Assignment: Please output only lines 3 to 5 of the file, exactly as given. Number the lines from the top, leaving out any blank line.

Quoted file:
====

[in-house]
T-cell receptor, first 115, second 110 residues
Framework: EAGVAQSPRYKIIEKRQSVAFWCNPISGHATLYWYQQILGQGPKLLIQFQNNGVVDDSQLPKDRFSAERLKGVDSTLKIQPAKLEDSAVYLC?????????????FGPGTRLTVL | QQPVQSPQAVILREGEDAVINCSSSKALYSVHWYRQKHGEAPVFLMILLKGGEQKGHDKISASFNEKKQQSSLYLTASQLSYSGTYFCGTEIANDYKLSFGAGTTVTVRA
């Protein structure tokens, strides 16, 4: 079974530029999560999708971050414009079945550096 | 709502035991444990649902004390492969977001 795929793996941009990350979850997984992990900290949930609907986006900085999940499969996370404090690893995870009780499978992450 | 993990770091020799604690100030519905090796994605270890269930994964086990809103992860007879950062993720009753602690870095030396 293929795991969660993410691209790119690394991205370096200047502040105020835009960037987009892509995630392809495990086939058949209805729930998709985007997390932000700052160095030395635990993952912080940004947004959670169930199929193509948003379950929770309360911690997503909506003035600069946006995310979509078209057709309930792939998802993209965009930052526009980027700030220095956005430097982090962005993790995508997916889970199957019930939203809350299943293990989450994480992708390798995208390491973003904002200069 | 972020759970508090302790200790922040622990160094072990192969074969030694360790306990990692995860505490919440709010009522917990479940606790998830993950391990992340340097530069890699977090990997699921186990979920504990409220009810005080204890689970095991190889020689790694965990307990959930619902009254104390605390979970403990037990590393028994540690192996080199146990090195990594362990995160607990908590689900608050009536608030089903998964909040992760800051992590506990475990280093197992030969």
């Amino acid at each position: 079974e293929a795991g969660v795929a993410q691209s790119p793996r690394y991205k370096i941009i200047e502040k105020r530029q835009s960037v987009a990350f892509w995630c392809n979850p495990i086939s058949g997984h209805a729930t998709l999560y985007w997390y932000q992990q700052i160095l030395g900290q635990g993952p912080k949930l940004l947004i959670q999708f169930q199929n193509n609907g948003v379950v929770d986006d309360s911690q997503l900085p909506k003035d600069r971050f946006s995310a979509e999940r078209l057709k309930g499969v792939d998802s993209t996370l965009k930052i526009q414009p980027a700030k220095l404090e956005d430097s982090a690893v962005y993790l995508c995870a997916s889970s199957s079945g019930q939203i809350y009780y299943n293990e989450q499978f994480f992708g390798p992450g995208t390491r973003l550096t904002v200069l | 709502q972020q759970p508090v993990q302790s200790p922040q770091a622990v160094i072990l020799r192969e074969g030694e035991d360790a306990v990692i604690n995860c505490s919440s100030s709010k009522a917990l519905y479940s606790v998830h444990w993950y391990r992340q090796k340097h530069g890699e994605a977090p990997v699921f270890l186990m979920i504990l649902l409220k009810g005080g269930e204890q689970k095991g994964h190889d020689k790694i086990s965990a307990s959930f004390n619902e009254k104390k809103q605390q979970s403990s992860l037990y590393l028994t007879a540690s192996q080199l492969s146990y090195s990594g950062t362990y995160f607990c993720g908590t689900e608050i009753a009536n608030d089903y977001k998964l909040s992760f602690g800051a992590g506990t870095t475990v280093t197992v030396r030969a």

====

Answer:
Framework: EAGVAQSPRYKIIEKRQSVAFWCNPISGHATLYWYQQILGQGPKLLIQFQNNGVVDDSQLPKDRFSAERLKGVDSTLKIQPAKLEDSAVYLC?????????????FGPGTRLTVL | QQPVQSPQAVILREGEDAVINCSSSKALYSVHWYRQKHGEAPVFLMILLKGGEQKGHDKISASFNEKKQQSSLYLTASQLSYSGTYFCGTEIANDYKLSFGAGTTVTVRA
């Protein structure tokens, strides 16, 4: 079974530029999560999708971050414009079945550096 | 709502035991444990649902004390492969977001 795929793996941009990350979850997984992990900290949930609907986006900085999940499969996370404090690893995870009780499978992450 | 993990770091020799604690100030519905090796994605270890269930994964086990809103992860007879950062993720009753602690870095030396 293929795991969660993410691209790119690394991205370096200047502040105020835009960037987009892509995630392809495990086939058949209805729930998709985007997390932000700052160095030395635990993952912080940004947004959670169930199929193509948003379950929770309360911690997503909506003035600069946006995310979509078209057709309930792939998802993209965009930052526009980027700030220095956005430097982090962005993790995508997916889970199957019930939203809350299943293990989450994480992708390798995208390491973003904002200069 | 972020759970508090302790200790922040622990160094072990192969074969030694360790306990990692995860505490919440709010009522917990479940606790998830993950391990992340340097530069890699977090990997699921186990979920504990409220009810005080204890689970095991190889020689790694965990307990959930619902009254104390605390979970403990037990590393028994540690192996080199146990090195990594362990995160607990908590689900608050009536608030089903998964909040992760800051992590506990475990280093197992030969």
């Amino acid at each position: 079974e293929a795991g969660v795929a993410q691209s790119p793996r690394y991205k370096i941009i200047e502040k105020r530029q835009s960037v987009a990350f892509w995630c392809n979850p495990i086939s058949g997984h209805a729930t998709l999560y985007w997390y932000q992990q700052i160095l030395g900290q635990g993952p912080k949930l940004l947004i959670q999708f169930q199929n193509n609907g948003v379950v929770d986006d309360s911690q997503l900085p909506k003035d600069r971050f946006s995310a979509e999940r078209l057709k309930g499969v792939d998802s993209t996370l965009k930052i526009q414009p980027a700030k220095l404090e956005d430097s982090a690893v962005y993790l995508c995870a997916s889970s199957s079945g019930q939203i809350y009780y299943n293990e989450q499978f994480f992708g390798p992450g995208t390491r973003l550096t904002v200069l | 709502q972020q759970p508090v993990q302790s200790p922040q770091a622990v160094i072990l020799r192969e074969g030694e035991d360790a306990v990692i604690n995860c505490s919440s100030s709010k009522a917990l519905y479940s606790v998830h444990w993950y391990r992340q090796k340097h530069g890699e994605a977090p990997v699921f270890l186990m979920i504990l649902l409220k009810g005080g269930e204890q689970k095991g994964h190889d020689k790694i086990s965990a307990s959930f004390n619902e009254k104390k809103q605390q979970s403990s992860l037990y590393l028994t007879a540690s192996q080199l492969s146990y090195s990594g950062t362990y995160f607990c993720g908590t689900e608050i009753a009536n608030d089903y977001k998964l909040s992760f602690g800051a992590g506990t870095t475990v280093t197992v030396r030969a």